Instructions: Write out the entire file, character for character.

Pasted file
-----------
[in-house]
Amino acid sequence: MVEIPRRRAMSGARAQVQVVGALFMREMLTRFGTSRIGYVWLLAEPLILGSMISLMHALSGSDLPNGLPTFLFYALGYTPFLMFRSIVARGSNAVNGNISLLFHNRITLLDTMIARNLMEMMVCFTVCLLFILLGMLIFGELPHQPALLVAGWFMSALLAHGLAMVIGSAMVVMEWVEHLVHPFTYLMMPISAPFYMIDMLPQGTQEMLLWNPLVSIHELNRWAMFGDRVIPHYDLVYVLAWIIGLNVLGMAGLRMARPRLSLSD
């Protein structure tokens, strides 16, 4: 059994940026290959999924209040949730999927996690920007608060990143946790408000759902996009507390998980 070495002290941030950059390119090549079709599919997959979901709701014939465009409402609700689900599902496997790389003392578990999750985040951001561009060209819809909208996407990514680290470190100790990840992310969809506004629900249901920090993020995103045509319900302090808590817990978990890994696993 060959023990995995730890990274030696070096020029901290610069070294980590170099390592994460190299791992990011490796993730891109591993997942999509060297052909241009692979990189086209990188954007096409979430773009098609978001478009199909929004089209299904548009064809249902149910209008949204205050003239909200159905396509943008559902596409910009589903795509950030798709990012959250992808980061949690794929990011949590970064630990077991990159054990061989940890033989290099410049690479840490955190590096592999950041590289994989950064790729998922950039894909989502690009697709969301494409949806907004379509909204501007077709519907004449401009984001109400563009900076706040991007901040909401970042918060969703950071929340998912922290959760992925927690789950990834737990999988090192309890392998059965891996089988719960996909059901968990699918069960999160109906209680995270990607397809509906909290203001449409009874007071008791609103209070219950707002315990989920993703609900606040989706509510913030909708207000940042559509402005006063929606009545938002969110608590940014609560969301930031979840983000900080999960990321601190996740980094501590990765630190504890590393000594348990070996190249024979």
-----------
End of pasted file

[in-house]
Amino acid sequence: MVEIPRRRAMSGARAQVQVVGALFMREMLTRFGTSRIGYVWLLAEPLILGSMISLMHALSGSDLPNGLPTFLFYALGYTPFLMFRSIVARGSNAVNGNISLLFHNRITLLDTMIARNLMEMMVCFTVCLLFILLGMLIFGELPHQPALLVAGWFMSALLAHGLAMVIGSAMVVMEWVEHLVHPFTYLMMPISAPFYMIDMLPQGTQEMLLWNPLVSIHELNRWAMFGDRVIPHYDLVYVLAWIIGLNVLGMAGLRMARPRLSLSD
């Protein structure tokens, strides 16, 4: 059994940026290959999924209040949730999927996690920007608060990143946790408000759902996009507390998980 070495002290941030950059390119090549079709599919997959979901709701014939465009409402609700689900599902496997790389003392578990999750985040951001561009060209819809909208996407990514680290470190100790990840992310969809506004629900249901920090993020995103045509319900302090808590817990978990890994696993 060959023990995995730890990274030696070096020029901290610069070294980590170099390592994460190299791992990011490796993730891109591993997942999509060297052909241009692979990189086209990188954007096409979430773009098609978001478009199909929004089209299904548009064809249902149910209008949204205050003239909200159905396509943008559902596409910009589903795509950030798709990012959250992808980061949690794929990011949590970064630990077991990159054990061989940890033989290099410049690479840490955190590096592999950041590289994989950064790729998922950039894909989502690009697709969301494409949806907004379509909204501007077709519907004449401009984001109400563009900076706040991007901040909401970042918060969703950071929340998912922290959760992925927690789950990834737990999988090192309890392998059965891996089988719960996909059901968990699918069960999160109906209680995270990607397809509906909290203001449409009874007071008791609103209070219950707002315990989920993703609900606040989706509510913030909708207000940042559509402005006063929606009545938002969110608590940014609560969301930031979840983000900080999960990321601190996740980094501590990765630190504890590393000594348990070996190249024979």